Israel and Hizbullah signal their flare-up is over

Two Israeli troops and a Spanish peacekeeper killed in incidents on Wednesday

Israeli soldiers mourn during the  funeral of a colleague killed in a clash on the Lebanese border at Mount Hertzel cemetery in Jerusalem. Photograph: Abir Sultan/EPA.

Israeli soldiers mourn during the funeral of a colleague killed in a clash on the Lebanese border at Mount Hertzel cemetery in Jerusalem. Photograph: Abir Sultan/EPA.

 

Israel and Hizbullah have signalled that a rare flare-up in fighting across the Israel-Lebanon border is over, after the Lebanese guerrillas killed two Israeli troops in retaliation for a deadly air strike in Syria last week.

Israel said it had received a message from UNIFIL, the UN peacekeeping force in Lebanon, that Hizbullah was not interested in further escalation.

In Beirut, a Lebanese source briefed on the situation said Israel informed Hizbullah via UNIFIL “that it will make do with what happened yesterday and it does not want the battle to expand”.

Asked on Israel’s Army Radio if Hizbullah had sought to de-escalate, defence minister Moshe Yaalon said: “There are lines of coordination between us and Lebanon via UNIFIL and such a message was indeed received from Lebanon.”

Guided missiles

A salvo of Hizbullah guided missiles killed an Israeli infantry major and a conscript soldier as they rode in unmarked civilian vehicles along the Lebanese border on Wednesday.

Israel then launched an artillery and air barrage, and a Spanish peacekeeper was killed. Spain’s ambassador to the UN blamed the Israeli fire for the death of Corporal Francisco Javier Soria Toledo, who was 36-years-old and from Malaga. Israel said on Thursday that its deputy foreign minister met the ambassador to voice regret at the death and promise an inquiry.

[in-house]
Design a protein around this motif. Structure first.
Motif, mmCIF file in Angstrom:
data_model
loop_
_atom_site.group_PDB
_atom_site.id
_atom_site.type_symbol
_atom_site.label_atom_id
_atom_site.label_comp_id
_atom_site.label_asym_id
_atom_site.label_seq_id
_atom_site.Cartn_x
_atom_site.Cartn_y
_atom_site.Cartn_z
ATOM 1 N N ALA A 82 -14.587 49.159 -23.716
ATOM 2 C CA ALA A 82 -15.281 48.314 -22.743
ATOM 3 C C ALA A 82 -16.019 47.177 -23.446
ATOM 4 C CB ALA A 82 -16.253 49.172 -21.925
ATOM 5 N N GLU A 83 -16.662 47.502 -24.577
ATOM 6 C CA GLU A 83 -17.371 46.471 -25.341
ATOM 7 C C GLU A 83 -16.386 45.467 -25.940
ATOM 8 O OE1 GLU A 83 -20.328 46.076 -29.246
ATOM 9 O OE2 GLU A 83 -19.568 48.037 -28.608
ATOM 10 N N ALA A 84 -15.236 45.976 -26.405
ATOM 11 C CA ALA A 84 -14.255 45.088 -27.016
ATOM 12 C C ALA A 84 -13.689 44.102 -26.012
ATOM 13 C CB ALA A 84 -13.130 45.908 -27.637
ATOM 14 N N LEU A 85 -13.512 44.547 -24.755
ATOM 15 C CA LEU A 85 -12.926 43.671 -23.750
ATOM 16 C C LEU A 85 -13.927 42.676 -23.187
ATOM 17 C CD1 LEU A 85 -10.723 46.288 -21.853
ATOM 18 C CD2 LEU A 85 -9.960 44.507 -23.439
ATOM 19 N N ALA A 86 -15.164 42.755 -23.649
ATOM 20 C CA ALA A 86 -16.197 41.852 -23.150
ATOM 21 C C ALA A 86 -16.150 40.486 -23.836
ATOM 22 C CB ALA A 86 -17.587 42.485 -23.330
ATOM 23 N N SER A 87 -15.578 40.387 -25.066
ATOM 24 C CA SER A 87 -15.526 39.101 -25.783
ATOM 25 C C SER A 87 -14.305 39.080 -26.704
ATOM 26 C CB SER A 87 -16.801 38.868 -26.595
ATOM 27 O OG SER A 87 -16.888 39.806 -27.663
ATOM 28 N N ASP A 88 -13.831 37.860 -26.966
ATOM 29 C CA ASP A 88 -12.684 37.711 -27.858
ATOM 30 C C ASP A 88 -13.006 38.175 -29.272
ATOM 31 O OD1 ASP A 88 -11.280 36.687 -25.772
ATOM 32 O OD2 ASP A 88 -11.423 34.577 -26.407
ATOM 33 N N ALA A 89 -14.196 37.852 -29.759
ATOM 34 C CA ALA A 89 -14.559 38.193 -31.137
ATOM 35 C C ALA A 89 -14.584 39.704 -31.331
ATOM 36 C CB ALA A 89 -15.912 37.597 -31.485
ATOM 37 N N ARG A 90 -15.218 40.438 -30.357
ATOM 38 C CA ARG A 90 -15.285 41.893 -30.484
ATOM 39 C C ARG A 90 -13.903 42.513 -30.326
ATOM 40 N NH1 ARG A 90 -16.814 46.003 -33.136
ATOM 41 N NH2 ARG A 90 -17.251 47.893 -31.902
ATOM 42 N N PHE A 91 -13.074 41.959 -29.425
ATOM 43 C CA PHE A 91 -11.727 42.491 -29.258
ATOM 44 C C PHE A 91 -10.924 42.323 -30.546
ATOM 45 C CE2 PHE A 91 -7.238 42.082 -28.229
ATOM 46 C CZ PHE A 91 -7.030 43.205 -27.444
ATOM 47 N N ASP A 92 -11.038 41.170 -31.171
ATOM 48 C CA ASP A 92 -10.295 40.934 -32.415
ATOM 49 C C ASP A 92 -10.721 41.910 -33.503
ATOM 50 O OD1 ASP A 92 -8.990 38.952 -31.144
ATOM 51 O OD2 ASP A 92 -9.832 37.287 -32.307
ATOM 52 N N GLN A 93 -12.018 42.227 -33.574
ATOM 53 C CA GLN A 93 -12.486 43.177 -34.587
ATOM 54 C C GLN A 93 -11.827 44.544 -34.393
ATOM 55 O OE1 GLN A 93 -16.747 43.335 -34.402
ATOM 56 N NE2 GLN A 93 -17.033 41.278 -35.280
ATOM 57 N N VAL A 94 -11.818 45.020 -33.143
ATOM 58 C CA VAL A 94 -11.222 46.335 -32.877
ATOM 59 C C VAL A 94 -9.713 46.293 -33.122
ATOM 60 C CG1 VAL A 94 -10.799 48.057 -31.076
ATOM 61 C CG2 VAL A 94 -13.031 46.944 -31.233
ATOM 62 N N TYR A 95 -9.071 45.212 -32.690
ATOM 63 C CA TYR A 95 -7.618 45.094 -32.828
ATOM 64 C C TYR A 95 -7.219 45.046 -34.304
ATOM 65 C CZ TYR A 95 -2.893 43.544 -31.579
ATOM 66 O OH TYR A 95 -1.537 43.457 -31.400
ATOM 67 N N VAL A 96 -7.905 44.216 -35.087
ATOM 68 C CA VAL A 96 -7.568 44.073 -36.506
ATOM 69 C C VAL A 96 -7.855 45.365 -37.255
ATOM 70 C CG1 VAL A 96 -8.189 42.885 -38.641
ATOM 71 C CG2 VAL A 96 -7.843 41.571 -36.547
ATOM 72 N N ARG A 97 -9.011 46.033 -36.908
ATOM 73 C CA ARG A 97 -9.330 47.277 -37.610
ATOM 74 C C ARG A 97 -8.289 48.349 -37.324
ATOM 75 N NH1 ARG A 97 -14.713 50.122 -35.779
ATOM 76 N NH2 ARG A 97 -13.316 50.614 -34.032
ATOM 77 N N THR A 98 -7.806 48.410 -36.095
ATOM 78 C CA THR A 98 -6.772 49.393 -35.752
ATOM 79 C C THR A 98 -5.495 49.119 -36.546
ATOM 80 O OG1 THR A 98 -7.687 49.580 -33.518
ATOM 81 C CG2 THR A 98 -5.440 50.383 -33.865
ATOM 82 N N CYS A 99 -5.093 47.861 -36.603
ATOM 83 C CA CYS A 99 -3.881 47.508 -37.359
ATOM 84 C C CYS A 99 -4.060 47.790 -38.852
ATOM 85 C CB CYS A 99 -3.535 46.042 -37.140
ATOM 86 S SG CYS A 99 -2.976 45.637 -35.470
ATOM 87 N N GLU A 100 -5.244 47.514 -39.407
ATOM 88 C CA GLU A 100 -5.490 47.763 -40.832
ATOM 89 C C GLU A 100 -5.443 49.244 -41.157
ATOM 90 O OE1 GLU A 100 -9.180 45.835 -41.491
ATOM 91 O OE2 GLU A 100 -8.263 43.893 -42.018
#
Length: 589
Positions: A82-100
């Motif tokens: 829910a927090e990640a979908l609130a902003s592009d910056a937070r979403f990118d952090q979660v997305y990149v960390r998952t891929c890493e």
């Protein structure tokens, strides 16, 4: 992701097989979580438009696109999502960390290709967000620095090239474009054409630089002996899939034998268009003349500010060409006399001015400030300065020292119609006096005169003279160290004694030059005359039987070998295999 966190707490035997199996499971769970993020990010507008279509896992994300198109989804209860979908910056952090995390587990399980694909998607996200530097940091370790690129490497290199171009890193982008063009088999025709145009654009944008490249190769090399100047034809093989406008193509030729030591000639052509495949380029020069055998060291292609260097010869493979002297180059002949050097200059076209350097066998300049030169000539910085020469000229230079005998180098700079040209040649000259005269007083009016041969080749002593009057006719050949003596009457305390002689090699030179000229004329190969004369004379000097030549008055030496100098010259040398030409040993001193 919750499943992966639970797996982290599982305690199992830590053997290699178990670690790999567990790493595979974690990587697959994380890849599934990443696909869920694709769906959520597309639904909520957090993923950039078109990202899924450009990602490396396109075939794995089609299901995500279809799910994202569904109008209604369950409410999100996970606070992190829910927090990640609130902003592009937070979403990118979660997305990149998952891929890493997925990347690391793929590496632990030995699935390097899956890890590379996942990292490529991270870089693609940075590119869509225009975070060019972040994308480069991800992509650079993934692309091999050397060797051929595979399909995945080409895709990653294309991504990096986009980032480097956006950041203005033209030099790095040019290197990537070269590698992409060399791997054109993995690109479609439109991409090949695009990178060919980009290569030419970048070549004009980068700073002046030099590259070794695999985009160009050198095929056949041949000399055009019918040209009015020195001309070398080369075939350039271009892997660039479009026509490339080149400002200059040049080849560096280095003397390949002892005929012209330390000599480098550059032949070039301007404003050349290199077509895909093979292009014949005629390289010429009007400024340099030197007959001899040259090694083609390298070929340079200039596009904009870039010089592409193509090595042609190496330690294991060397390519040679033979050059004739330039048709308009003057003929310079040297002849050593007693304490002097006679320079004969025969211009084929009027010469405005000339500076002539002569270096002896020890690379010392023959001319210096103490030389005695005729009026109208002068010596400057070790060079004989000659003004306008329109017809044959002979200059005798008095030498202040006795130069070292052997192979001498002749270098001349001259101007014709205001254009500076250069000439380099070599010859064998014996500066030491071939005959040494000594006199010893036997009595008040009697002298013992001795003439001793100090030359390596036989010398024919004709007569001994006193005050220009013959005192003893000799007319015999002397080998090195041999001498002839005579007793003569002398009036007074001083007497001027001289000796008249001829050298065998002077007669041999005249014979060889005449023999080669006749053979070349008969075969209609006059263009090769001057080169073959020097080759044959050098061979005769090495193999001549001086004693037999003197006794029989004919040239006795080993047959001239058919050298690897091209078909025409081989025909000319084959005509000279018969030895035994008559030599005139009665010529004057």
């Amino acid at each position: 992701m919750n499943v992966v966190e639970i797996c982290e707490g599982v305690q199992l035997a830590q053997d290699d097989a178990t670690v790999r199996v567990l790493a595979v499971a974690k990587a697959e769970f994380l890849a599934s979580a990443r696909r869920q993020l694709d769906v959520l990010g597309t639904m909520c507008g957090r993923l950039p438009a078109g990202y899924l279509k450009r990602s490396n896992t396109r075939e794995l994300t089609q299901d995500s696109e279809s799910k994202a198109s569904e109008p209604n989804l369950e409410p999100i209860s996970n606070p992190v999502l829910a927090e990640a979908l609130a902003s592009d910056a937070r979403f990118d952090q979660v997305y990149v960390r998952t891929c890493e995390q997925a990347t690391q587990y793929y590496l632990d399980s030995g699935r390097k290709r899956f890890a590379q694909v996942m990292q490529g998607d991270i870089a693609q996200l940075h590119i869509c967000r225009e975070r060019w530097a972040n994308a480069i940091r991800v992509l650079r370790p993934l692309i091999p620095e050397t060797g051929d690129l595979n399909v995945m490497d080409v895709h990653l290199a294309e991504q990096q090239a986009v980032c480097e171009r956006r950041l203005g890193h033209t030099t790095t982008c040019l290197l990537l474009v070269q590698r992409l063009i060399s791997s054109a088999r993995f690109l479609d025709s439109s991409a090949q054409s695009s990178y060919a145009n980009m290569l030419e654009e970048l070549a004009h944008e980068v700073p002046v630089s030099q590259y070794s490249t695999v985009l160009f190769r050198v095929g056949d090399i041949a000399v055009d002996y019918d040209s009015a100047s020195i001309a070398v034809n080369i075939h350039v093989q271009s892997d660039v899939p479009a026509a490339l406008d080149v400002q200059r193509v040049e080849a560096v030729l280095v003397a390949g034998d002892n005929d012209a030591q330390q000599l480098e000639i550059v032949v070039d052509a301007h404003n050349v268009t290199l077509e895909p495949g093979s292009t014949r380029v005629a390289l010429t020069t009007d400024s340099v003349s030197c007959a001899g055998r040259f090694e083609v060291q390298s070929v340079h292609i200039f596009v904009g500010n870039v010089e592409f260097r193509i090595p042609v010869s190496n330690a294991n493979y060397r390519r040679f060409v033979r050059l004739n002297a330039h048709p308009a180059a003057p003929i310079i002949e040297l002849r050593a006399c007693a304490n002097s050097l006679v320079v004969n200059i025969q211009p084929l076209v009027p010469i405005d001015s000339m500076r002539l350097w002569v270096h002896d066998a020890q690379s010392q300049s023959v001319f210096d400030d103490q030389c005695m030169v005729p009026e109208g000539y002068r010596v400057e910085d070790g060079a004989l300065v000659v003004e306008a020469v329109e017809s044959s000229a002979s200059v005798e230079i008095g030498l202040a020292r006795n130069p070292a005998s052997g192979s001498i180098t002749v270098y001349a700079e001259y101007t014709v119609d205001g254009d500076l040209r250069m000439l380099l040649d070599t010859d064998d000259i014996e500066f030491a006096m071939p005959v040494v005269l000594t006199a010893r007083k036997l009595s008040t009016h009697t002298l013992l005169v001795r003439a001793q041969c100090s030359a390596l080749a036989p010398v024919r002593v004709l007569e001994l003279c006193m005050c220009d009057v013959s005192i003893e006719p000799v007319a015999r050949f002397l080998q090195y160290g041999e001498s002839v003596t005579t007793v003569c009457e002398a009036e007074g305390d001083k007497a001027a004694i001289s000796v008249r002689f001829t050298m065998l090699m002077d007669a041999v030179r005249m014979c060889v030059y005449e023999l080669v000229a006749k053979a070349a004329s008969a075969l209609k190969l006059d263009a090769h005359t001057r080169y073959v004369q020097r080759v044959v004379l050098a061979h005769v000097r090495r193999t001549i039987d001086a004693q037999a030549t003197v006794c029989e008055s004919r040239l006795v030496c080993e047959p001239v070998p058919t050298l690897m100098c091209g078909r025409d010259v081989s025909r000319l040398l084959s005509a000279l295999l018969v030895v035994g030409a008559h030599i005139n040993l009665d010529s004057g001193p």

Wednesday’s clash was one of the most serious on that border since 2006, when Hizbullah and Israel fought a 34-day war. Quiet returned on Thursday, though Lebanese media reported overflights by Israeli air force drones.

Shared interest

Both sides appear to share an interest in avoiding further escalation.

Iranian-backed Hizbullah, which fought Israel to a standstill in 2006, is busy backing Damascus in Syria’s civil war. It may also be mindful of the ruin Israel has threatened to wreak on Lebanon should they again enter a full-on conflict.

Israel is gearing up for a March 17th general election and gauging the costs of its offensive on the Gaza Strip last year against Palestinian guerrillas, whose arsenal is dwarfed by Hizbullah’s powerful long-range rockets.

Mr Yaalon said Wednesday’s Hizbullah attack was “revenge” for the Israeli air strike on January 18th in southern Syria that killed several Hizbullah members, including a senior operative, along with an Iranian general.

Israel has not formally acknowledged carrying out the air strike, but Mr Yaalon said it had set back Hizbullah and Iranian efforts to “open a new front” against the Jewish state from the Syrian Golan Heights.

Reuters